Posts Tagged ‘together’

NOTE: I apologize for the delay on getting this out, but I am dealing with the death of my mother and have been preparing for her funeral. The last paragraph of this post rings that much stronger with her passing. Please read and remember that it is the choices we make now which ultimately lead to the person we are to become in the future.               

  If you followed along with parts one, two and three, you can take an educated guess and probably be correct in your assumption that I will NOT be dropping a bombshell announcement in this blog that we are expecting our fourth child. You guessed it! We have definitely tucked our baby-making hats away up in the attic and will not be having any more children, at least not through natural means. Over the course of the last eight years, we have experienced too much pain and shed way too many tears of sorrow (even if these tears of sorrow were followed by tears of joy) throughout the days and weeks following the birth of each of our children. We were absolutely certain that things could get much worse should we choose to have a fourth child. We no longer cautiously weigh the odds or sift through the statistics; this is a chance we are adamant on NOT taking. We tight-roped this line one too many times before and our thoughts are that this chance is much too risky to take and there is way too much at stake should something go wrong.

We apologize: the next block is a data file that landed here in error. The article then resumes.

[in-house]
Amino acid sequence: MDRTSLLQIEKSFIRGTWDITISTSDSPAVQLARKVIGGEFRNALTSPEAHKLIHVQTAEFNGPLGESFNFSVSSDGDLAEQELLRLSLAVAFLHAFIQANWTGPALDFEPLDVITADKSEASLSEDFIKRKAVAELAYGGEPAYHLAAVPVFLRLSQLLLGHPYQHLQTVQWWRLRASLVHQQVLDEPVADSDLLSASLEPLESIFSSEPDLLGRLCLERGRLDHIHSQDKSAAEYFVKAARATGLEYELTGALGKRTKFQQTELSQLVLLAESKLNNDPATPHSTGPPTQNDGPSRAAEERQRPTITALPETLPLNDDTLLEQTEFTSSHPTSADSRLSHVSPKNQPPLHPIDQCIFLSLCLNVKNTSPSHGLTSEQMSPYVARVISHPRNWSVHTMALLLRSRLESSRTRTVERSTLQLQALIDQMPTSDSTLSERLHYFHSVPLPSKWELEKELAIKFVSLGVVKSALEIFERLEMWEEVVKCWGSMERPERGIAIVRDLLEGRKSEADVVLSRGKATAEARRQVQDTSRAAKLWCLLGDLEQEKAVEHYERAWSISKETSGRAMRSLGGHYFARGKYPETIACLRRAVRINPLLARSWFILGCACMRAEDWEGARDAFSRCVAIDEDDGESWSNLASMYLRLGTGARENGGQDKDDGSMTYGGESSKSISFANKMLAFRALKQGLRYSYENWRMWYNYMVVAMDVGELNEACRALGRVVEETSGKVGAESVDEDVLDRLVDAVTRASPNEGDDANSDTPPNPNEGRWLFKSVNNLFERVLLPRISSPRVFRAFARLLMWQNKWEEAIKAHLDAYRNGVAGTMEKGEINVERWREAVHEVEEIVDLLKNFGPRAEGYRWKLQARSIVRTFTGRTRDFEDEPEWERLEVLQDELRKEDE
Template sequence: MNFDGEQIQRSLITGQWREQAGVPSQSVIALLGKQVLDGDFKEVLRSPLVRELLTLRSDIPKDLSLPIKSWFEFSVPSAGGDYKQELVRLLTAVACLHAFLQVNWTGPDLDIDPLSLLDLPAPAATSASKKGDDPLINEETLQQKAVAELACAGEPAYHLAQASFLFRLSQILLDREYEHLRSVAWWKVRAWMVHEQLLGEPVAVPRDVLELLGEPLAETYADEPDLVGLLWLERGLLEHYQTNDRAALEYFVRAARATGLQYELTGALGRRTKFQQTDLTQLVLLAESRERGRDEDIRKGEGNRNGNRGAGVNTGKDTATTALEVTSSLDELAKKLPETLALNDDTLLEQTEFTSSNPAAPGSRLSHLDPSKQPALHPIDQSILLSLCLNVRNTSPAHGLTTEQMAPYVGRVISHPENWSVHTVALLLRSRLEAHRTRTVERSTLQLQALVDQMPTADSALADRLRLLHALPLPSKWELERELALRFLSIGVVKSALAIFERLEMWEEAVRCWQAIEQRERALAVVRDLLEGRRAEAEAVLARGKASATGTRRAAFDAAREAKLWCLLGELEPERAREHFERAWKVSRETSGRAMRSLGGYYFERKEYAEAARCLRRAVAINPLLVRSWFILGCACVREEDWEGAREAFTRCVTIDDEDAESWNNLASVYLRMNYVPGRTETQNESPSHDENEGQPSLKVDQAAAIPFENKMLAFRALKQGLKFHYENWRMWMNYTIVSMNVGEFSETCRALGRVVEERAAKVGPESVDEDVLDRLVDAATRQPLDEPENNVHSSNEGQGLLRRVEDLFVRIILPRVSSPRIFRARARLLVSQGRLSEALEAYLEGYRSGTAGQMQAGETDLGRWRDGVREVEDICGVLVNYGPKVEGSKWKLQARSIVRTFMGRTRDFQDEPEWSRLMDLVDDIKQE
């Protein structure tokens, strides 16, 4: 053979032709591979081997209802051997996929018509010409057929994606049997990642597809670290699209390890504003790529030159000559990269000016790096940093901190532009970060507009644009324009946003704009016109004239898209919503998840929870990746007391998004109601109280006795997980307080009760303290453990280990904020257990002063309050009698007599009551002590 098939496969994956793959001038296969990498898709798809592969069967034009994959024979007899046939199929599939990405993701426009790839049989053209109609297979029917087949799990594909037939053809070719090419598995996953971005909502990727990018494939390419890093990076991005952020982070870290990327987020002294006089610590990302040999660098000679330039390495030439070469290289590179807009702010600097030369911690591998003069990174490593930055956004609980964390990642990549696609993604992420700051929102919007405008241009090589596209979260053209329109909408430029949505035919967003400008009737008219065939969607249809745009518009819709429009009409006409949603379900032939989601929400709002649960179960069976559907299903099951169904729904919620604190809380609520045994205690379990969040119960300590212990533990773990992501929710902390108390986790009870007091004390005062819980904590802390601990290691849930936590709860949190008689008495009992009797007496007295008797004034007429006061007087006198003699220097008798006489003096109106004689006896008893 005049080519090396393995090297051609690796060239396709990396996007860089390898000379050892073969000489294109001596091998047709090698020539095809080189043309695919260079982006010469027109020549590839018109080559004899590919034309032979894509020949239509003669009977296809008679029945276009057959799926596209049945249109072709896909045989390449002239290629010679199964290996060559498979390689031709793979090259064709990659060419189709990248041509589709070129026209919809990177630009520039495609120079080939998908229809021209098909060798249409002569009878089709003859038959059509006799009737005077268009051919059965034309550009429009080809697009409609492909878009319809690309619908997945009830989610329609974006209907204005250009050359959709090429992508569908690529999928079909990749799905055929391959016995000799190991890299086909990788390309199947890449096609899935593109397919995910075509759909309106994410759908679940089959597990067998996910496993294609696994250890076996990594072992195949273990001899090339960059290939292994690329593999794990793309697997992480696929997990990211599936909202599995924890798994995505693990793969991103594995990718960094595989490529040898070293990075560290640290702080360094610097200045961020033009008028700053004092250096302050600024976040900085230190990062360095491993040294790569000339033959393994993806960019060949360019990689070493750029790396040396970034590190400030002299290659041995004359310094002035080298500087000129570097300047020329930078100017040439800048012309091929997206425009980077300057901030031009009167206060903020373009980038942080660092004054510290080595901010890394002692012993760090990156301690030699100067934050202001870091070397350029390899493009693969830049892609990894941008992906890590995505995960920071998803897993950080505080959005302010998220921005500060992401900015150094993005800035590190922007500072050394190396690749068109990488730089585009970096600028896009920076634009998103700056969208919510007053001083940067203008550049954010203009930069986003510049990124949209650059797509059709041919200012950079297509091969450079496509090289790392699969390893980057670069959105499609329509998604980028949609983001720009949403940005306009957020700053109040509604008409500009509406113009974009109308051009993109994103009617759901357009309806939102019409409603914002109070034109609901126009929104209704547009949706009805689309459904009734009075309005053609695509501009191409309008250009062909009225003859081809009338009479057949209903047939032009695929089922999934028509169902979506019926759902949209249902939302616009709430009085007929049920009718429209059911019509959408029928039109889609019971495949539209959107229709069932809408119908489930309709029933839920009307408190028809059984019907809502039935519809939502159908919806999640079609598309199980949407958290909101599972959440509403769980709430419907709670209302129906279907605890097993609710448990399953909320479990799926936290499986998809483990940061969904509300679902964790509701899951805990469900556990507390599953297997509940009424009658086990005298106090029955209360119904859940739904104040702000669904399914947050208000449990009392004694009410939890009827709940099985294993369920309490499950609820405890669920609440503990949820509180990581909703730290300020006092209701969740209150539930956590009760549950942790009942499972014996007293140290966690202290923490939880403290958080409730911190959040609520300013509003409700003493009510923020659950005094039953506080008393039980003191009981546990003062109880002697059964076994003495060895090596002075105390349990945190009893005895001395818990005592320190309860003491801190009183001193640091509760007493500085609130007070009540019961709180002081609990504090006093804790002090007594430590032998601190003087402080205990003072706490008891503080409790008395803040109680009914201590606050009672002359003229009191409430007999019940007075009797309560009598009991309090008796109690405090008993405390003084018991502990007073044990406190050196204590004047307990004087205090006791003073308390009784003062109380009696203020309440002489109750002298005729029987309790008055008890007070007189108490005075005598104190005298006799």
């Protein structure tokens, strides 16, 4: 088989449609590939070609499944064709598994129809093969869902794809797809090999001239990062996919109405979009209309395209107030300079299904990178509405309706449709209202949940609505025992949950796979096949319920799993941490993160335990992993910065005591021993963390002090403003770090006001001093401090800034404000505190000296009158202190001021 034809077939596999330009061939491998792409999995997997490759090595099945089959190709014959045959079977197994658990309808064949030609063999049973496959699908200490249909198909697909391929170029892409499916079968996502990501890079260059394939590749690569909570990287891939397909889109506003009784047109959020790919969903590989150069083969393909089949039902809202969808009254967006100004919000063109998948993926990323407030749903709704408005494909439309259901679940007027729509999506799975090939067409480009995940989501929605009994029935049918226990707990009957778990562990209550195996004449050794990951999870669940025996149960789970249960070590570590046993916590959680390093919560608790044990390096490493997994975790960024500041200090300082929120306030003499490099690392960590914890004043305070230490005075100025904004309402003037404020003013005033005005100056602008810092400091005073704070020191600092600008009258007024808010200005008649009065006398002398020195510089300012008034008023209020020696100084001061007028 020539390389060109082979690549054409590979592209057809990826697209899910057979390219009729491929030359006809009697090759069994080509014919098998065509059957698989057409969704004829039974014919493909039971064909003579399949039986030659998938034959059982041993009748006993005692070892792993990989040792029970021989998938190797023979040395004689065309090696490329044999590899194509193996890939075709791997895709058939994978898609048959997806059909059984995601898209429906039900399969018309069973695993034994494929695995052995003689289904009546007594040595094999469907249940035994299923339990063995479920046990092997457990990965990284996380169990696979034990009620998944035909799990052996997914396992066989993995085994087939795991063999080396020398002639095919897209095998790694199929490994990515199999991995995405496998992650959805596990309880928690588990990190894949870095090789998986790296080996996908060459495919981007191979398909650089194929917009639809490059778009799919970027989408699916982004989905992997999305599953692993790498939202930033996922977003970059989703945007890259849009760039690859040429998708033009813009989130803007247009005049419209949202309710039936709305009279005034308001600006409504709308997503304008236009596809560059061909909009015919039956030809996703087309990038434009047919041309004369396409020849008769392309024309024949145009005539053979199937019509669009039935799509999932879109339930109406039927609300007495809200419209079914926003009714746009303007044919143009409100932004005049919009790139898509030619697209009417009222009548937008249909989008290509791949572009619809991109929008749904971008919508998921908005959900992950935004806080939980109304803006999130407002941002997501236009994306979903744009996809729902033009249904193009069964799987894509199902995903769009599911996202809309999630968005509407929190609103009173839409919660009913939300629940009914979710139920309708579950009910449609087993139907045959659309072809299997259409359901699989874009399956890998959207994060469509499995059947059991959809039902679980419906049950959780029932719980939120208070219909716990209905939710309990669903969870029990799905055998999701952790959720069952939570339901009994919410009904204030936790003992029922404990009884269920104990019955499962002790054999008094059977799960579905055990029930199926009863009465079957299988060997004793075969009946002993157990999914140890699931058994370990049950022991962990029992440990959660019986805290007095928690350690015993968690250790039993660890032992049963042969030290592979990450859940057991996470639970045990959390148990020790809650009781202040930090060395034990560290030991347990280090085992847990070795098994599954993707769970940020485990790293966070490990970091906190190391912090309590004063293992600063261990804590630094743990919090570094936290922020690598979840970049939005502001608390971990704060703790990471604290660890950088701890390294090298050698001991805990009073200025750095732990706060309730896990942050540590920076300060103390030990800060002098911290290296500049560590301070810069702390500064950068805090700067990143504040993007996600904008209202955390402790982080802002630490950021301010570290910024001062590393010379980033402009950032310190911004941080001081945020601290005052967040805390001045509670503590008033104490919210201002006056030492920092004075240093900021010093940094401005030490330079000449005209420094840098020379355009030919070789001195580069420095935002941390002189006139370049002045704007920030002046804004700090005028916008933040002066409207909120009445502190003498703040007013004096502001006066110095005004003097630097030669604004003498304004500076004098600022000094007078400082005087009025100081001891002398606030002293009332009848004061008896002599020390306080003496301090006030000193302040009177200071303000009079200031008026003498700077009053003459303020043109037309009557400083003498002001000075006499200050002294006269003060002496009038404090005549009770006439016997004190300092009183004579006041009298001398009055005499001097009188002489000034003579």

The flipside to this is that we didn’t necessarily want to stop having children or if we did, we wanted this choice to feel like it was our decision and not a choice we were seemingly forced to make. This made us feel like our decision to have another child was stripped away from us. I know, we always have a choice, but considering the circumstances, the choice was heavily weighted towards not having a fourth child. There was another choice though. We had thought about a second option, discussing it nonchalantly in the past should the opportunity ever arise. We knew this option was a huge commitment and that this experience would both challenge and change our family as we knew it forever, but again, it was a commitment we thought worthy of making. The commitment was and is adoption.